As has been shown in other studies, older persons and people with comorbidities are at higher risk of becoming seriously ill and dying of COVID-19 [24,25]. In our study, the severe cases were significantly older and had a higher frequency of diabetes, and diabetes was significantly associated with the severity of COVID-19 in our regression model. Prognostic indicators of metabolic dysfunction such as type 2 diabetes and central adiposity (as indicated by neck circumference measurements) were significantly higher in cases than controls. Importantly, metabolic dysfunction and unhealthy dietary habits (such as frying as a means of cooking) are hallmarks of Western-diet-induced obesity, and a proinflammatory connection between the Western diet and the immune system has recently been recognized [26]. Although several pathogenetic mechanisms may be involved in this inflammatory connection, a potentially important interference related to the metabolism of omega-3 fatty acids has largely been overlooked. Generation of SPMs may not only depend on adequate omega-3 fatty acid tissue levels, but also on the efficiency of the related biosynthetic routes [9]. Evidence from experimental and human studies suggests the Western diet and obesity enhance the production of proinflammatory mediators and impair the SPM signature, which could lead to an adverse outcome in COVID-19 [27].
On the other hand, SPM receptors have been identified on human airway epithelial cells, as well as other cells directly related to inflammation at mucosal epithelial borders (such as neutrophils, eosinophils, mast cells, monocytes, macrophages, lymphocytes, dendritic cells, innate lymphoid cells, and natural killer cells) [9]. Interestingly, increased serum levels of SPMs have recently been identified in patients with severe COVID-19, and the levels of SPMs correlated with markers of the adaptive immune response [28]. The wide distribution of SPM receptors among cells of both the innate immune system and structural cells of the airway strongly suggests SPMs may play a crucial role in orchestrating a coordinated immune response in airway diseases [28]. The variability in the function of the innate immune system among individuals has recently been regarded as a major determinant of the heterogeneity of the severity of COVID-19. Thus, a coordinated local and systemic immune response may be crucial to prevent the more severe spectrum of COVID-19 [29,30]. Patients with severe COVID-19 may not be capable of mounting an effective mucosal immune response in the upper airway. Interestingly, the rates of upper airway symptoms were significantly lower among cases than control subjects in this study, consistent with reports by the CDC [31,32]. This strongly suggests that the patients with severe disease were not able to mount an effective immune response at the mucosal level of the upper respiratory tract. It is worth mentioning that patient recruitment occurred during the first wave of the COVID-19 pandemic, when patients were naturally infected with the original virus, and during the second wave, when the Gamma and Delta variants predominated [33]. Unfortunately, the omicron variant, which is associated with higher frequencies of upper respiratory symptoms, was not circulating at the time of recruitment [32,33].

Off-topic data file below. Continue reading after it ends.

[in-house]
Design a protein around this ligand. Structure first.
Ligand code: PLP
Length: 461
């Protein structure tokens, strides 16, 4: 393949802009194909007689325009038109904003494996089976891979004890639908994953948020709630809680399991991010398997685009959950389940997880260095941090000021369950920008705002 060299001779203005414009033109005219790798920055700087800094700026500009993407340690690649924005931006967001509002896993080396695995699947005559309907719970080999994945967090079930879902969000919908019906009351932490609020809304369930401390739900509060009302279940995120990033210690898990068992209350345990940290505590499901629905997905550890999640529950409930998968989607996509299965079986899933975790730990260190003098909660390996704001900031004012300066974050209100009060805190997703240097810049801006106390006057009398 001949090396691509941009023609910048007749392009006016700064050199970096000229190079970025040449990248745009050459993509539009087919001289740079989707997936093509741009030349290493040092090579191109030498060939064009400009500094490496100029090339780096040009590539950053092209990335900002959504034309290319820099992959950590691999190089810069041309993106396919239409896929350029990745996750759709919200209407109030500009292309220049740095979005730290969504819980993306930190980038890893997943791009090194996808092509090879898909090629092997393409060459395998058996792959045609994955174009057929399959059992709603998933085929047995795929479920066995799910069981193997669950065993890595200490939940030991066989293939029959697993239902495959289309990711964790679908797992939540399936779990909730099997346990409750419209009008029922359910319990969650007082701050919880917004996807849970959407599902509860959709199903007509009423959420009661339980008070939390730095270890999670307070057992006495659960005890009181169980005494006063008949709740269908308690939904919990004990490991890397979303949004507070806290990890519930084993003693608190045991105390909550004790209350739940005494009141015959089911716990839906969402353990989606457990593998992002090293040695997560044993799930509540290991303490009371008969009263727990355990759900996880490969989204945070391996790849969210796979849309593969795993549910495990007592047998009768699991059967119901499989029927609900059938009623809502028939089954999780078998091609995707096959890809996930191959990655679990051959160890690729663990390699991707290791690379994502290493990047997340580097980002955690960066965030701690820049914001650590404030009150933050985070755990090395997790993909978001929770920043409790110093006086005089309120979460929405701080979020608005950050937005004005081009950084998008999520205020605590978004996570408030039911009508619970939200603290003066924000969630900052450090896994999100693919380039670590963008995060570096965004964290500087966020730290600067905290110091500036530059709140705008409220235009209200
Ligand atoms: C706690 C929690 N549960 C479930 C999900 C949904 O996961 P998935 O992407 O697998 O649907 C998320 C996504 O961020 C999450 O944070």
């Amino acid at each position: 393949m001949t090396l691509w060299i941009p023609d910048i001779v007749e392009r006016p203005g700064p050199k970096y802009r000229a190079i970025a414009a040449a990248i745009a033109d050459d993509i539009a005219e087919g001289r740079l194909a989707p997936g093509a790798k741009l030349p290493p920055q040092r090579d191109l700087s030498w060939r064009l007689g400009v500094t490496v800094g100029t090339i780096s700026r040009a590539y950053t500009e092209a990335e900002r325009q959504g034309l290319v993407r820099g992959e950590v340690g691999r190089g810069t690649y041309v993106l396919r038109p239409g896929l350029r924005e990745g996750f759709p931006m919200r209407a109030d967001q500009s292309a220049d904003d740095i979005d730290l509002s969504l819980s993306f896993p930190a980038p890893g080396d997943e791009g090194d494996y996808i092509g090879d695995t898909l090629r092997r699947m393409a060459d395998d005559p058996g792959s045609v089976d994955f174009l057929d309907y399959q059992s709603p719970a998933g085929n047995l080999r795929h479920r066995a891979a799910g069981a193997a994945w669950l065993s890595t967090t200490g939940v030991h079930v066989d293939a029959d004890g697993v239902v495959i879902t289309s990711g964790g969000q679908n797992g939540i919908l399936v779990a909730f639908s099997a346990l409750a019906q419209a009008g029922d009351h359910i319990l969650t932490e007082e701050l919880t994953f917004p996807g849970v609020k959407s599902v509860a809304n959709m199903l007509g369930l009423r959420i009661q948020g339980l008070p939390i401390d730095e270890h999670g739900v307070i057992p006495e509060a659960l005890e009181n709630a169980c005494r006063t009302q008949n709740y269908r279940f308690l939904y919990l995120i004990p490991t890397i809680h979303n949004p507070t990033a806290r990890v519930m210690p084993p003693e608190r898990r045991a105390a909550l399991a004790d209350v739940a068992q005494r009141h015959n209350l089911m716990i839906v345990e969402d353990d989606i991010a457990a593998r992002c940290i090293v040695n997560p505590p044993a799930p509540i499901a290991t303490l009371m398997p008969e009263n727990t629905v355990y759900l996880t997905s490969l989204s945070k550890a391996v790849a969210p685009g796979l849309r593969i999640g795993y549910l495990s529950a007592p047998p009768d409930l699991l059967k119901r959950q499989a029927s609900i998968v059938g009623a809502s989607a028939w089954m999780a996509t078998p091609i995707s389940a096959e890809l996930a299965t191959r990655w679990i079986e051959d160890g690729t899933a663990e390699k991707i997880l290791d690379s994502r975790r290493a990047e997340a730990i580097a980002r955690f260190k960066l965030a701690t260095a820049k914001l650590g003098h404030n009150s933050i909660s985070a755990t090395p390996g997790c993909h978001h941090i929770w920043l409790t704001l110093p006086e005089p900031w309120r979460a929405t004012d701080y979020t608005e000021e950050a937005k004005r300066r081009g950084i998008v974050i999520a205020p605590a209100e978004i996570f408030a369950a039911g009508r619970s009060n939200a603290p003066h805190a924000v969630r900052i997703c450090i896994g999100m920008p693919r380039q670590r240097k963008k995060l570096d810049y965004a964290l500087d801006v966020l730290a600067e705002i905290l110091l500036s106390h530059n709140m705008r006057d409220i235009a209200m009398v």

Obesity has also been reported as an important risk factor for severe COVID-19 [34,35]. There is consensus that waist circumference represents an indicator of the distribution of body fat at the intra-abdominal level. Given its high proinflammatory activity, visceral fat deposits increase the risk of metabolic syndrome and type 2 diabetes and could contribute to a poorer inflammatory prognosis in patients with larger waist circumferences [36]. However, the reliability of this indicator is doubtful, as waist circumference may be affected by abdominal distension and differences in the measurement technique between hospitalized or resting patients. Additionally, other pathologies that cause abdominal distension may also be present. The average waist circumference of both cases and controls exceeded the cut-off points for central obesity in men (≤90 cm) and women (≤80 cm) defined by the World Health Organization [37]. Thus, one possible explanation for the fact that waist circumference did not emerge as a significant factor for clinical outcome could lie in the fact that both groups presented comparably high measurements, as well as similarly high body mass indexes (BMIs).